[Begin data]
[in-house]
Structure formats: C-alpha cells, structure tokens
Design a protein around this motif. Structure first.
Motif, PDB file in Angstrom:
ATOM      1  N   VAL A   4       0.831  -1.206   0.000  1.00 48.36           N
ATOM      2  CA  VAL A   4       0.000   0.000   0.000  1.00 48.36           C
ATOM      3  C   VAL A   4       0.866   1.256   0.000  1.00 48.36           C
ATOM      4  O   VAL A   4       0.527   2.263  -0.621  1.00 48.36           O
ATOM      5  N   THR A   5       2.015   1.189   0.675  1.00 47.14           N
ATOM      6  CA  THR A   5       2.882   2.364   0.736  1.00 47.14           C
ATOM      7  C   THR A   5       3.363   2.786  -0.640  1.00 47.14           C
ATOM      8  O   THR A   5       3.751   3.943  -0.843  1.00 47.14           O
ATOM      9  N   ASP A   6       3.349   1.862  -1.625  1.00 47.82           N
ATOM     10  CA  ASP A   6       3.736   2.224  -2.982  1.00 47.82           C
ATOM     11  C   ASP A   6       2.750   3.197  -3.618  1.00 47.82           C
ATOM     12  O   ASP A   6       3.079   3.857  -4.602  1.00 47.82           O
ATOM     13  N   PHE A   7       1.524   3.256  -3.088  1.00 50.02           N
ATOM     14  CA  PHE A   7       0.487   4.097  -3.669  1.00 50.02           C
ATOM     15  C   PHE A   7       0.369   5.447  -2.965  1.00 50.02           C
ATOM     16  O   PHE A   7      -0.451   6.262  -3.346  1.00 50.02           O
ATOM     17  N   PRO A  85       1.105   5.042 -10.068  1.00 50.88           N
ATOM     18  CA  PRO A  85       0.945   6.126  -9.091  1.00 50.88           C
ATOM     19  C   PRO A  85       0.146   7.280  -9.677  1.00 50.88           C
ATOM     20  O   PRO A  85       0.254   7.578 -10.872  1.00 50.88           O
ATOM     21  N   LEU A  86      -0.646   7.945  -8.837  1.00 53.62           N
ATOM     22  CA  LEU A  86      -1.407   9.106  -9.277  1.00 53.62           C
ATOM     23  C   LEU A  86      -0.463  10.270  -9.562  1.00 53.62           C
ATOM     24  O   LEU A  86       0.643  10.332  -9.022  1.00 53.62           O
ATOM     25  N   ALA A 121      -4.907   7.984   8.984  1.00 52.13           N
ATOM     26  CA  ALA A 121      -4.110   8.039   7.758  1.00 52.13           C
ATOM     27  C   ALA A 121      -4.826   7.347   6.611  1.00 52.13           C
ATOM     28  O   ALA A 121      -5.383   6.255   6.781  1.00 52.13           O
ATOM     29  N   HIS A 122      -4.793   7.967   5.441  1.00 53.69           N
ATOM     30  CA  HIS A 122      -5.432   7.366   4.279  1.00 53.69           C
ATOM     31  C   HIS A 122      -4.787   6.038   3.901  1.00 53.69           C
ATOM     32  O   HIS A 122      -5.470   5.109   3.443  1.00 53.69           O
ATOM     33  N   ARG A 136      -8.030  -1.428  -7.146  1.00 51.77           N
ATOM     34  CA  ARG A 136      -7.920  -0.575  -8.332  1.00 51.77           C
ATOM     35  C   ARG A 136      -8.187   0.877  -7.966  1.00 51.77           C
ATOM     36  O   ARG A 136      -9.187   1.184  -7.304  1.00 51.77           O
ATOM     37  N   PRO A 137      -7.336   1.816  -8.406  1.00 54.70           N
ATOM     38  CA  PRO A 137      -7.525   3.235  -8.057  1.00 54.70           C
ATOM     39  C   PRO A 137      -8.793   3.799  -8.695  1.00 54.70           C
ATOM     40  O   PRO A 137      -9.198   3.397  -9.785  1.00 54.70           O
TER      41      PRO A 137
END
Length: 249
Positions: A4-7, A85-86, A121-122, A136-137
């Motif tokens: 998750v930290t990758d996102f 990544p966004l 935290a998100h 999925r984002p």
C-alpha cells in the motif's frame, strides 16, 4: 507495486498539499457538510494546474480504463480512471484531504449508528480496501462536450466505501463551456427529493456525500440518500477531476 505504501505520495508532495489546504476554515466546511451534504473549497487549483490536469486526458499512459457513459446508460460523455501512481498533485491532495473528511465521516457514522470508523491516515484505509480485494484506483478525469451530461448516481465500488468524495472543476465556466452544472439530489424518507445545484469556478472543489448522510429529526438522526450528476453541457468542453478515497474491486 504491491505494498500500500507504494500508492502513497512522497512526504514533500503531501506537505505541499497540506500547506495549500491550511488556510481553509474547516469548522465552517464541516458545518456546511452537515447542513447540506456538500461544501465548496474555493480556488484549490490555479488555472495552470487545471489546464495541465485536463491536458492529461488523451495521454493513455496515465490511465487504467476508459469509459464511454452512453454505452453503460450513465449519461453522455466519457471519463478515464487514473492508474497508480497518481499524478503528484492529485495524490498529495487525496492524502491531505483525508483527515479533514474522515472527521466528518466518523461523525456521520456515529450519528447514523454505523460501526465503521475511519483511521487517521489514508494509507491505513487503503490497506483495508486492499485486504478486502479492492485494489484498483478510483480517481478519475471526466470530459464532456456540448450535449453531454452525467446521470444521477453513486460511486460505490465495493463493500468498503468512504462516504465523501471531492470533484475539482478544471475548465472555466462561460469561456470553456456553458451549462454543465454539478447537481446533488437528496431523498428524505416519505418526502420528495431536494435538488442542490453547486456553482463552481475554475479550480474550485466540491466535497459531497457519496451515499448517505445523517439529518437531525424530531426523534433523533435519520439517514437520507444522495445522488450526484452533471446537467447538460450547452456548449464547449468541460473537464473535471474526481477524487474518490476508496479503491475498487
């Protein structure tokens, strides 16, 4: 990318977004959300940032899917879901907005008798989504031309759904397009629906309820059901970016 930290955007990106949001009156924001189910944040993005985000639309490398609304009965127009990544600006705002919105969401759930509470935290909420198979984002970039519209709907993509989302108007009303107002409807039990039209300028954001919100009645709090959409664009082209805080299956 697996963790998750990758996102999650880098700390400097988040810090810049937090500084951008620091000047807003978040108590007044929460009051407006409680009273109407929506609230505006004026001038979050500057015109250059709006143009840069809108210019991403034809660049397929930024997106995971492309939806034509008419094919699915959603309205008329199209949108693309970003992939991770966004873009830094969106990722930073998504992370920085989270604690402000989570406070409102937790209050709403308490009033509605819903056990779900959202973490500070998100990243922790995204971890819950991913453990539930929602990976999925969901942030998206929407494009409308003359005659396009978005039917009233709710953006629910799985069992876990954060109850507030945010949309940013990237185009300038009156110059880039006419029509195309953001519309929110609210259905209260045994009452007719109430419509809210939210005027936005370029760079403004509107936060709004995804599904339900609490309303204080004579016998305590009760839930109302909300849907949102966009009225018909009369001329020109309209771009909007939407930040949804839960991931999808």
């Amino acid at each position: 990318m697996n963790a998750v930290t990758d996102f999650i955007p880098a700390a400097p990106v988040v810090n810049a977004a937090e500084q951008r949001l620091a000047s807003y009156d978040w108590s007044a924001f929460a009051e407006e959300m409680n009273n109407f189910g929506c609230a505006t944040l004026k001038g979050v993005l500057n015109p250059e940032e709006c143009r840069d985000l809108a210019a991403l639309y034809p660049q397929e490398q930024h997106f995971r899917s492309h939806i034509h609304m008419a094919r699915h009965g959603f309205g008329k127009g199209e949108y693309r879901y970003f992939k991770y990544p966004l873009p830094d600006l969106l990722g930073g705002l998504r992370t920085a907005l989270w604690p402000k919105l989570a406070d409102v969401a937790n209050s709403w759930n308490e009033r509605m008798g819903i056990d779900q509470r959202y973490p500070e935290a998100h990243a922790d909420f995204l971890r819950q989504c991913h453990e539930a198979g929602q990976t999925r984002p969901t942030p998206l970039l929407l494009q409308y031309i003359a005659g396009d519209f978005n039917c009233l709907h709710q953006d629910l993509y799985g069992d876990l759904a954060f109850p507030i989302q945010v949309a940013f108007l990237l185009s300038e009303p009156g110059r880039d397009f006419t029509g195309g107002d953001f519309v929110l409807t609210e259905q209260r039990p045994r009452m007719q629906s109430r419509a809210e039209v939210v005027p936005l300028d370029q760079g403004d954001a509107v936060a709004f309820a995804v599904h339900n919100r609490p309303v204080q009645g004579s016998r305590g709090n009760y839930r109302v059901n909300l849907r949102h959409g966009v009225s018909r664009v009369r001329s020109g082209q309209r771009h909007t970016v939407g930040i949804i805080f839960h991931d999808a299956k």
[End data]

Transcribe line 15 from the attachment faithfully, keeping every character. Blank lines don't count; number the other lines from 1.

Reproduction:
ATOM     11  C   ASP A   6       2.750   3.197  -3.618  1.00 47.82           C